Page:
Dissimulation Exposed

Friday, May 18, 2007

Facing al Qaeda

Bernard Lewis shared some interesting ideas regarding al Qaeada's strategy in a recent article on Opinion Journal. I'd like agree in principle, yet highlight some slight errors or generalizations contained therein.

The Soviets and The Taliban

He wrote:

An organization known as the Taliban (literally, "the students") began to organize resistance and even guerilla warfare against the Soviet occupiers and their puppets. For this, they were able to attract [...] money, and [...] volunteers to fight [...]. Notable among these was a group led by a Saudi of Yemeni origin called Osama bin Laden.

There are some chronological issues with this claim. The Soviet invasion of Afghanistan started in December of 1979 and ended in February of 1989[1]. But the Taliban was not militarily effective until 1994[2], far after the withdrawal of Russian troops, and following even the defeat of the hold-over Communist proxy government of Najibullah in 1992.

After Najibullah was force to step down, a coalition of mujahideen took control of the government. Unfortunately, the Afghan hero Ahmed shah Massoud, the feared and fearless "Lion of the Panjshir" -- who was killed on September 9th, 2001 -- could not convince the other mujahideen groups to continue sharing power. A brutal civil war among the them commenced, lasting for six years. The Taliban appeared like a bolt of lightning in 1994 and quickly took control of somewhere between 75% and 90% of the country. Throughout this, Massoud and his Northern Alliance remained the only barrier to the Taliban's reign over all of Afghanistan.

Afghanistan's civil war led to a chaos and a very real sense of lawlessness. Warlords placed militia on every road, stifling trade, while others raped children with impunity. It is in this lawless milieu that the Taliban first rose. Their Pashtun brethren in the South, and even the urbanized Afghans in the cities,were willing to sacrifice nearly anything for the hope that law and order would be restored to their weary nation. Meanwhile, the Taliban's supporters in Pakistan's ISI were more than happy to develop a proxy force with which to influence Afghanistan. The criminals in the smuggling mafia and the powerful Pakistani shipping unions supported the Taliban in the hope of reestablishing the smuggling routes and highways that were long too dangerous to be profitable.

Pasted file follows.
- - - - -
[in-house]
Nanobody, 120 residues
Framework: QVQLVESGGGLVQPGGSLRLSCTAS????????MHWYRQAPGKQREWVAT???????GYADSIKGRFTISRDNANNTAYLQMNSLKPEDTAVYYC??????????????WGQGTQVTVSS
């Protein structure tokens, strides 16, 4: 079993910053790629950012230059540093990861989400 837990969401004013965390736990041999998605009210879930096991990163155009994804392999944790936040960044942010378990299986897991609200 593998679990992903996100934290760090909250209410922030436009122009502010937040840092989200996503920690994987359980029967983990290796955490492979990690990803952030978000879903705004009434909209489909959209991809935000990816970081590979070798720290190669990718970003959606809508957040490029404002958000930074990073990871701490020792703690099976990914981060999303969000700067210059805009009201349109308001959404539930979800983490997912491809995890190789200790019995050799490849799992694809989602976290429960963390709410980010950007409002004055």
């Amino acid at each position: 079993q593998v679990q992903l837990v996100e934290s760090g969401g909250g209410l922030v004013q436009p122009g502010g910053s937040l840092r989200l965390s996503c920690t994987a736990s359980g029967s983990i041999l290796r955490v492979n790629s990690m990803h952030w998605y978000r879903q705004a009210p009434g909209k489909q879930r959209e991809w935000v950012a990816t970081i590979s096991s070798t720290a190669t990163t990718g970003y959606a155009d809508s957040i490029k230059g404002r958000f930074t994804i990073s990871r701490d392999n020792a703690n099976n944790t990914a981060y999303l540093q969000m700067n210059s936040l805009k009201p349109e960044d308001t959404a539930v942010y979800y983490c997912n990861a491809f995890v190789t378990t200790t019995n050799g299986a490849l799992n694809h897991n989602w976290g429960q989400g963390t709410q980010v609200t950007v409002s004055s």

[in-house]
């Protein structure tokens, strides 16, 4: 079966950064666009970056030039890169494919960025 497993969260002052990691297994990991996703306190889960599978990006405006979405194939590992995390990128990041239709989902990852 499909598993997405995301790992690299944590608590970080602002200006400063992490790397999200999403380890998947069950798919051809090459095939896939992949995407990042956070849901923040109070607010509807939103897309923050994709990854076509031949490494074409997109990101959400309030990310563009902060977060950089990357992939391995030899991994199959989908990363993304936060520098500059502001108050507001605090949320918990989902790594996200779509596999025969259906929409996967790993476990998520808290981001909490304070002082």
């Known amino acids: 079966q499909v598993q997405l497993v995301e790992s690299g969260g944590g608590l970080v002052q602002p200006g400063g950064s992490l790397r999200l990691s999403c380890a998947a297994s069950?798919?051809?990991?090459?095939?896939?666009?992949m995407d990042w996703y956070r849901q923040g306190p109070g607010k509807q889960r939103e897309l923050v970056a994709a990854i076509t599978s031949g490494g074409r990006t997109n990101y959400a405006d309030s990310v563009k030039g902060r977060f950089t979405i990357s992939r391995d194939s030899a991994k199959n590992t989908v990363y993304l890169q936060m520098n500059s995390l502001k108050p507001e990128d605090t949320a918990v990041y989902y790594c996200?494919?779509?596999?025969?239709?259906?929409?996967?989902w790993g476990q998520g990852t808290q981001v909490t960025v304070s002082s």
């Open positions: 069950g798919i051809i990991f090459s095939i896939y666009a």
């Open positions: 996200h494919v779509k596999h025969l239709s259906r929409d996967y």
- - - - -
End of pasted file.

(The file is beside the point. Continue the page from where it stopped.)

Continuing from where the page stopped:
So when the Taliban finally came to prominence, they were not battling the Russians, or even Communist Afghans. Instead, their foremost enemy was Massoud, a politically liberal Muslim who fought to establish a just society over all of Afghanistan, as he had already done in the North. He continued to fight the Taliban, and their al Qaeda allies, until he was murdered on September 9, 2001. An team of al Qaeda assassins posing as journalists exploded a camera during an interview with him. some believe that Osama bin Laden ordered the hit as a gift to the Taliban preceding the 9/11 attacks two days later, to insure their continued support [3].

These details are important because there is often popular confusion regarding where American military support went during the Afghan-Soviet war. Many believe that we founded and funded the Taliban, others even that we helped to establish al Qaeda. But al Qaeda was mostly self-funded and armed through bin Laden's inheritance and business investments, Muslim donations (in the early years to Abdullah Azzam's Services Bureau), as well as -- as some
analysts claim --through the drug trade and other illicit activities.